Getting kids to brush their teeth

A Parent’s Tips for Getting Your Child to Brush Their Teeth

It’s been said that you can never be unhappy when brushing your teeth! If you disagree, maybe the first step toward encouraging your child to brush is to find things that you appreciate about your oral health.

Sharing a positive attitude about the process goes a long way, but if you’ve tried sharing your own delight and that doesn’t work, here are some more tips for getting your child to brush.

Allow your child to help choose a toothbrush. Discuss the options together. Some things to talk about include what the bristles feel like. Are they hard or soft? Would the child like an electric toothbrush? How does she feel about the sound of the electric toothbrush? Would he like a character on his toothbrush? Consider getting a toothbrush with a timer so the child will know when two minutes (the recommended time for brushing) are over.

Let Your Kiddo Pick Out Their Toothbrush

Some children’s toothbrushes are musical. Consider how your child behaves with music. Does she enjoy moving rhythmically? If you feel music would encourage your child to brush, but it isn’t an option on his toothbrush, consider allowing him to help pick out some music to listen to as he brushes. Maybe one song during the morning routine and another in the evening.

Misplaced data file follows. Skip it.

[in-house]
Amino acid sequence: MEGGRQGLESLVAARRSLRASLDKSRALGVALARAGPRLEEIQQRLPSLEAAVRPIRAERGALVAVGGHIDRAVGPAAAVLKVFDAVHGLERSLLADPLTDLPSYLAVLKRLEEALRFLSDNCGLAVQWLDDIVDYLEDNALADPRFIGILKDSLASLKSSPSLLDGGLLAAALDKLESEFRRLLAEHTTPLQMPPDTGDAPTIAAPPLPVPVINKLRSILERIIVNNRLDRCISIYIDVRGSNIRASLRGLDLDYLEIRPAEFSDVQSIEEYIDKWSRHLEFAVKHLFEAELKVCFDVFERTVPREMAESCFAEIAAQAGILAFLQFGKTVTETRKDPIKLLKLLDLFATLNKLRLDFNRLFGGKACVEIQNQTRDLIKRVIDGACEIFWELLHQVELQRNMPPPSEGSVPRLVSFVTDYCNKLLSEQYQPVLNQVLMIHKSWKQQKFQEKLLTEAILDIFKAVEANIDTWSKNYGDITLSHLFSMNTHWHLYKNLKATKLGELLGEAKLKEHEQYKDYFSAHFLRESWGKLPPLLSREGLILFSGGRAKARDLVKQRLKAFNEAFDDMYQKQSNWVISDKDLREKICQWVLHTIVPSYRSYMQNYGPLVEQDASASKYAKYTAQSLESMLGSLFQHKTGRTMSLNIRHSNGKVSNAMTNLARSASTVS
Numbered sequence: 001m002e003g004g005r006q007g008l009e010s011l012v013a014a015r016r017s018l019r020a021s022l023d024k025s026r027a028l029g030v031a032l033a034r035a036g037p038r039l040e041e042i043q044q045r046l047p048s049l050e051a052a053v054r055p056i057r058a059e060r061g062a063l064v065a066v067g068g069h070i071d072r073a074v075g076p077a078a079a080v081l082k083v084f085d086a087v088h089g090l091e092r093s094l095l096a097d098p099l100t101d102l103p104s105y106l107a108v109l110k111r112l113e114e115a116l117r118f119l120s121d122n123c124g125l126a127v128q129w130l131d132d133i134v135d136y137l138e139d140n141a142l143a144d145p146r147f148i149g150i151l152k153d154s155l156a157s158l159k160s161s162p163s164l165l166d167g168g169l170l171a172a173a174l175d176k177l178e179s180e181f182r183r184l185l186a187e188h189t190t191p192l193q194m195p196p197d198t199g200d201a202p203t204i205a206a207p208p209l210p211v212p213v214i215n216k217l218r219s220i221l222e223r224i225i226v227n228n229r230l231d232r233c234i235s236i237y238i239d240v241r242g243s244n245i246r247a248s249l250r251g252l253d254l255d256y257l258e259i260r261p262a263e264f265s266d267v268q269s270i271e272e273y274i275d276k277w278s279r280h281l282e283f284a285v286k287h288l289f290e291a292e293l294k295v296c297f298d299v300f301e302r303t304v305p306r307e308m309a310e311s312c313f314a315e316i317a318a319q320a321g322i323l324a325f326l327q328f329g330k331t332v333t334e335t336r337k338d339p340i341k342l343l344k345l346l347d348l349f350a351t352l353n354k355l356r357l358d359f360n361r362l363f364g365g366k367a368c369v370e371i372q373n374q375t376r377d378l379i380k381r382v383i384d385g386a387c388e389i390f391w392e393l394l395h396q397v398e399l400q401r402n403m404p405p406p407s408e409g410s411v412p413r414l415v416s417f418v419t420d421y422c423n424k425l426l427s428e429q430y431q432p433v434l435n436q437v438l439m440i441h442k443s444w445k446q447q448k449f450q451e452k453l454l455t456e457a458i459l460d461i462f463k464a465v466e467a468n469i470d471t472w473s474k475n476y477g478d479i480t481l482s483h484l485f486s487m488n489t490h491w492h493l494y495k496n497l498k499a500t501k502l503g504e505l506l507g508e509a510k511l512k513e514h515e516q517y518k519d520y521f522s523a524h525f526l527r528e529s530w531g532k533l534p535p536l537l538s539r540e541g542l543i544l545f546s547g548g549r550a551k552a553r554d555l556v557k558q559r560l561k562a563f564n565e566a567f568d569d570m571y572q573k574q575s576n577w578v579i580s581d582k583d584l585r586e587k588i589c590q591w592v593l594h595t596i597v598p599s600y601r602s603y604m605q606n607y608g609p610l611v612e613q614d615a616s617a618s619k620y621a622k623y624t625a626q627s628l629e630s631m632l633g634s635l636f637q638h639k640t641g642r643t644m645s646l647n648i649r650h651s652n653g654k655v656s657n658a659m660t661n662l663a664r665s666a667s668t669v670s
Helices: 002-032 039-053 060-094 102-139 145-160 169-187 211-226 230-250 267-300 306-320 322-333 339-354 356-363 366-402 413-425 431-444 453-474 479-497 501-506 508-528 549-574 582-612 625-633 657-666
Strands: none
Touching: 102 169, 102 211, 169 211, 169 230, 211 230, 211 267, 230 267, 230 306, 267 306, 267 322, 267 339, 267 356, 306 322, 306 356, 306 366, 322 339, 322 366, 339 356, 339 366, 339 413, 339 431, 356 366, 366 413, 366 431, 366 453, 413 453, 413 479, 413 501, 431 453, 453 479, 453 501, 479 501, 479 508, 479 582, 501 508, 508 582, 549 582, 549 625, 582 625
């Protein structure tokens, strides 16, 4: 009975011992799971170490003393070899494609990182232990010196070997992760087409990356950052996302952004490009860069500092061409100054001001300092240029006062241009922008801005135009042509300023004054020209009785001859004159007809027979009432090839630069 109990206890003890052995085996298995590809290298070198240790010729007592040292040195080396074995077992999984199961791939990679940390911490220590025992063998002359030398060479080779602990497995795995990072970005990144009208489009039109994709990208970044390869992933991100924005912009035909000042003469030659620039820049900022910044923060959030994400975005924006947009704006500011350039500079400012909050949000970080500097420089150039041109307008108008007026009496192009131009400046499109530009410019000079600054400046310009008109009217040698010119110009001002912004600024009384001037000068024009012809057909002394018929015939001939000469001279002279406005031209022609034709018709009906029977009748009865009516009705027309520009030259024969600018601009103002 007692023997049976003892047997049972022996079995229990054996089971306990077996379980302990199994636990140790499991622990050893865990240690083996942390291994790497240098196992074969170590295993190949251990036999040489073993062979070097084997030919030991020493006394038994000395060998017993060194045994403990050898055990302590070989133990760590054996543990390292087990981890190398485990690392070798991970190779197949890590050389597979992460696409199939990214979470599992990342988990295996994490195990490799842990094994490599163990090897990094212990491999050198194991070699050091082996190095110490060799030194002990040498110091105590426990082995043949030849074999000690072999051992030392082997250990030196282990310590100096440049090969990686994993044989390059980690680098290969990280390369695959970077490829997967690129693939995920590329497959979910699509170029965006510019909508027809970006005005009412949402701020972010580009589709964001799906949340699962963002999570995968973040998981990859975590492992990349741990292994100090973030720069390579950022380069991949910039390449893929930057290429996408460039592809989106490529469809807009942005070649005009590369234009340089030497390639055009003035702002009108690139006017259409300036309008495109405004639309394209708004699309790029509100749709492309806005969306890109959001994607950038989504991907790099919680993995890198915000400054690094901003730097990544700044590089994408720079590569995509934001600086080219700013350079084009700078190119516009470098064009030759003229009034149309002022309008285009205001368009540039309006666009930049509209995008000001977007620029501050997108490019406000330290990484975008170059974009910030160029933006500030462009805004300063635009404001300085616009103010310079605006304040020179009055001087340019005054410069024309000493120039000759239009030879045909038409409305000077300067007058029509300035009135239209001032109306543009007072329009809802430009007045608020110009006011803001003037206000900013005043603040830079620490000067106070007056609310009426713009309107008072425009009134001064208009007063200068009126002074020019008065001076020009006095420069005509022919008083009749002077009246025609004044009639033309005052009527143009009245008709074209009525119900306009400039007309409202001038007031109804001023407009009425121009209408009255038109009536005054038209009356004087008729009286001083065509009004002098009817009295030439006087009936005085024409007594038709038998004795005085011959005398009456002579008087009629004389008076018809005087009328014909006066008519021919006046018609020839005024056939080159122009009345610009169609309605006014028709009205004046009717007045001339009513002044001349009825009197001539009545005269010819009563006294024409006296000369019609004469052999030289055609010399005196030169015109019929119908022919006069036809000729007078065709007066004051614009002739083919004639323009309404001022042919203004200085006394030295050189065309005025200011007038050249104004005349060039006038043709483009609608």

Paying Attention to the Toothpaste

During the brushing process, have fun and call attention to the texture of the toothpaste. Toothpaste is one of the few things children get to hold in their mouths. When it first goes in, direct your child’s attention to how it feels. Is it smooth? Slimy? Cool? Hot? Point out how the texture changes during the process. It gets foamy. Cool becomes warm. Hot becomes cool and refreshing. (If the child thinks the toothpaste is too hot, you will need to choose a different flavor.) And don’t forget the pleasures of getting to spit!

A Clean Mouth Feels Much Better!

When it’s all over, call attention to the feel of a clean mouth. Direct your child to use the tongue to feel the teeth, the roof of her mouth, the gums, and the cheeks. Ask her to describe what it feels like.

When it’s time to brush again. Re-visit that last point. What does his mouth feel like before he brushes? Doing this before and after will help him understand the difference between a clean mouth and a dirty one.

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